Who wins and who loses from SC moving its primary up?

posted at 11:05 am on August 9, 2007 by Allahpundit

I flagged this in headlines yesterday but in case you missed it, the South Carolina GOP’s going to leapfrog Florida (which had already leapfrogged South Carolina) to retain its “first in the south” bragging rights by moving its primary from February 2 to January 19. New Hampshire has a law that requires its primary to be first in the nation so now they’ve got to move up too, probably to January 8. Iowa, meanwhile, has its own law requiring the caucuses to be held eight days before any other voting, so to stay ahead of New Hampshire they’re looking at … late December of this year. My question to you: Who wins and who loses? The biggest impact would seem to be on Mitt, who’s leading in both Iowa and NH. He’s counting on the bounce from wins there to carry him into Mega Tuesday on February 5 but the more time there is in the interim, the softer the bounce will likely be. Then again, Mitt’s problem has always been name recognition, so you could argue that the earlier Iowa is, the earlier the national media has to cover his victory and get people seriously thinking about him. I think it’s a wash. The other guy on whom this obviously bears is Fred and his non-candidacy candidacy. I doubt he’ll declare any earlier because of it but he’s going to lose a couple of weeks that he could have spent introducing himself to national voters in order to focus on Iowa. He’s already planning his first visit, in fact.

Here’s the more interesting angle — not what happens before Mega Tuesday but what happens after:

The calendar changes are infuriating senior strategists for presidential candidates in both parties, who say it is forcing them to plot a path to the nomination through quicksand. The uncertainty is holding up decisions about where to campaign and to devote resources.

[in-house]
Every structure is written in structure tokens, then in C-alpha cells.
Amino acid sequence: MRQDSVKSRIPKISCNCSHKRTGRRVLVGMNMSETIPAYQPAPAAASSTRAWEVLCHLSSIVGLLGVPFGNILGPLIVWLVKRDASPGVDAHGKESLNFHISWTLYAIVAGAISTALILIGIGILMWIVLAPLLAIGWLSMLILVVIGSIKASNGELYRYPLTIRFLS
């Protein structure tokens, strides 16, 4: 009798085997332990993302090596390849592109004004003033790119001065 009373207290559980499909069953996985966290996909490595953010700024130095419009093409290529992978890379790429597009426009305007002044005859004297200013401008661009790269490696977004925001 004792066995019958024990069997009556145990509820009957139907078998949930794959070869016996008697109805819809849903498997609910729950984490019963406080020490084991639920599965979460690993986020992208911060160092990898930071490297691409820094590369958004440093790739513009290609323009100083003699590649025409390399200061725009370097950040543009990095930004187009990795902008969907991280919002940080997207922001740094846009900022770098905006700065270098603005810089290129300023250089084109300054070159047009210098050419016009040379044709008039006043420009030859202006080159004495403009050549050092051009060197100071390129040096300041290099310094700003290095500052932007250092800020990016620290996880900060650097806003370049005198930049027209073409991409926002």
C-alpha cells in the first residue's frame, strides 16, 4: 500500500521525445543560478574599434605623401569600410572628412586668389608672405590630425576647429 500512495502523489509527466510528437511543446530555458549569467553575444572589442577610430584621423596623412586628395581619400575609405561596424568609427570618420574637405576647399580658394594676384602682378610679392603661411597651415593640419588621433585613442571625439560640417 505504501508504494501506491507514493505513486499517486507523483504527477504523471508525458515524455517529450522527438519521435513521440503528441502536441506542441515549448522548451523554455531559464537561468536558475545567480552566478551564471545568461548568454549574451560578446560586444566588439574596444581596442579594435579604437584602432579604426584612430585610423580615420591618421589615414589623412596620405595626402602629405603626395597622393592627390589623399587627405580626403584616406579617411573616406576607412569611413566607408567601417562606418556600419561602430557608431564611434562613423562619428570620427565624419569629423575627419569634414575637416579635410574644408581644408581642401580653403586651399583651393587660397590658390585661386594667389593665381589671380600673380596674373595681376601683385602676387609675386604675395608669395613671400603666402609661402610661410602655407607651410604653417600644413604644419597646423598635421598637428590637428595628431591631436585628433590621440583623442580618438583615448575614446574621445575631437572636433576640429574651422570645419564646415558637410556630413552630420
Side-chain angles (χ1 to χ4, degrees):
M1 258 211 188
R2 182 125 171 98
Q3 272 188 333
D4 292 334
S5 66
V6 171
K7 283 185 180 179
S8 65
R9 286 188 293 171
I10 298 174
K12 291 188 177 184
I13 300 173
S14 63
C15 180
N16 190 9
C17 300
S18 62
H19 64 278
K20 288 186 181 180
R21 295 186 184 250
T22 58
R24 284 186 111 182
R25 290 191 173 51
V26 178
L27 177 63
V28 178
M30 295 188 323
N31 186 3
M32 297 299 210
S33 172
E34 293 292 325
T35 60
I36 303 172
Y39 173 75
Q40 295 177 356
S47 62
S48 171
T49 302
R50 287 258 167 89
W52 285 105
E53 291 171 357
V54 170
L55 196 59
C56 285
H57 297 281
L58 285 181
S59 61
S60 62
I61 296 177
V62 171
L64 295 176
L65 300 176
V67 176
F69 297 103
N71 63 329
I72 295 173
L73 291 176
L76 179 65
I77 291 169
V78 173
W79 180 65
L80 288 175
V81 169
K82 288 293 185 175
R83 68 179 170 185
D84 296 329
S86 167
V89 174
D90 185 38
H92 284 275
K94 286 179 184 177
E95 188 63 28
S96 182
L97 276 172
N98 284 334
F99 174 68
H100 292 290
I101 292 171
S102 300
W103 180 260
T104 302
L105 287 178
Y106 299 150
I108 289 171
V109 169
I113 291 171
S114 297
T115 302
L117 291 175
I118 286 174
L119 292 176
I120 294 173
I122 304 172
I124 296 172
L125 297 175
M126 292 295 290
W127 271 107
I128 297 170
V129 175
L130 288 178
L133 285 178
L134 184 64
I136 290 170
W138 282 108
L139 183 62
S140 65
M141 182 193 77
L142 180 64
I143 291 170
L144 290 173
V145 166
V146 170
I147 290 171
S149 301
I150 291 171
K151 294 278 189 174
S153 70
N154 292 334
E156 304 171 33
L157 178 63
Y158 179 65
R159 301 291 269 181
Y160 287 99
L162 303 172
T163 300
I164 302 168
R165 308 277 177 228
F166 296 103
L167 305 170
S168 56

“If you’re facing a moving chessboard, it’s pretty difficult to know where to make your first move,” said Allan J. Lichtman, a history professor at American University. “Imagine playing chess if the board keeps changing.”

Lichtman said earlier voting could create the longest-ever general election campaign if the two party nominees are largely decided by mid-January. That would leave almost 10 months for the candidates — and any third-party entrant — to battle for the presidency before Election Day on Nov. 4, 2008.

“We could have the general election starting at a time when traditionally the nominees hadn’t been close to being selected,” he said. The primary campaign has so far done “anything but inspire the voters,” he added. “I doubt if a 10-month general election campaign will do any better.”

Doesn’t this make it even more likely that a third-party (and even a fourth-party) candidate will jump in? Hillary is walking away with the Democratic nomination; she may be the de facto nominee well before mid-January. The GOP race will be closer, especially with a guy like Mitt who’s currently in fourth leading in the early primaries, but if Fred or Rudy somehow emerge to take the lead in Iowa and New Hampshire and one of them looks like they’re going to sweep the board on Mega Tuesday, the public is going to get very bored very fast with a 10-month two-party slog towards November. It’s practically an invitation to Bloomberg to jump in and make things interesting. The media’s gratitude for a wild card in an otherwise dull hand would ensure loads of initial hysterical messianic Perot-ish good buzz and Bloomy’s got money to burn for an historic six-month lark. Why not do it? If he’s such a visionary “issues” guy, beholden to no ideology, it would be a grand opportunity for him to force his issues into the national conversation. After five years of him here in NYC I still don’t have the faintest idea of what “his issues” might be, but I’m sure he can come up with some in time for spring.

The guy most likely to try a third-party run is, of course, Ron Paul, but the media’s not any more enamored of him than most conservatives are. I almost hope he runs just to see how they’d handle him.

Update: Dean notes per Rasmussen’s numbers that Fred appears to be stalling.


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Why not just hold the primaries on the first Wednesday after a Presidential election?